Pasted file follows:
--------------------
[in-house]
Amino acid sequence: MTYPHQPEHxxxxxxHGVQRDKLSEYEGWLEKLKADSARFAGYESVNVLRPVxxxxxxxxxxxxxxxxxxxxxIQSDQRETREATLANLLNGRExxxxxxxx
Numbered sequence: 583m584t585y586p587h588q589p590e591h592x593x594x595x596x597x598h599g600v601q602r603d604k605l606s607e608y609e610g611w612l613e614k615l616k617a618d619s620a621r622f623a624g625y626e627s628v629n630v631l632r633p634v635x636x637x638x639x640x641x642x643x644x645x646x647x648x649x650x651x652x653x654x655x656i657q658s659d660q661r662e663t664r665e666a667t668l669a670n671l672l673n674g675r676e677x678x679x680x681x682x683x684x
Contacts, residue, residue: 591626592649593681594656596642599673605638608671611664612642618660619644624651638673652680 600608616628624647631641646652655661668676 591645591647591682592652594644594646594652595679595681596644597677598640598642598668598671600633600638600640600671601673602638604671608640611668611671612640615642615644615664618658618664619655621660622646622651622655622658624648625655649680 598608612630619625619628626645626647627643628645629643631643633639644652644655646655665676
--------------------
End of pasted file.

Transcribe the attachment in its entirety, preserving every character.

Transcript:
[in-house]
Amino acid sequence: MTYPHQPEHxxxxxxHGVQRDKLSEYEGWLEKLKADSARFAGYESVNVLRPVxxxxxxxxxxxxxxxxxxxxxIQSDQRETREATLANLLNGRExxxxxxxx
Numbered sequence: 583m584t585y586p587h588q589p590e591h592x593x594x595x596x597x598h599g600v601q602r603d604k605l606s607e608y609e610g611w612l613e614k615l616k617a618d619s620a621r622f623a624g625y626e627s628v629n630v631l632r633p634v635x636x637x638x639x640x641x642x643x644x645x646x647x648x649x650x651x652x653x654x655x656i657q658s659d660q661r662e663t664r665e666a667t668l669a670n671l672l673n674g675r676e677x678x679x680x681x682x683x684x
Contacts, residue, residue: 591626592649593681594656596642599673605638608671611664612642618660619644624651638673652680 600608616628624647631641646652655661668676 591645591647591682592652594644594646594652595679595681596644597677598640598642598668598671600633600638600640600671601673602638604671608640611668611671612640615642615644615664618658618664619655621660622646622651622655622658624648625655649680 598608612630619625619628626645626647627643628645629643631643633639644652644655646655665676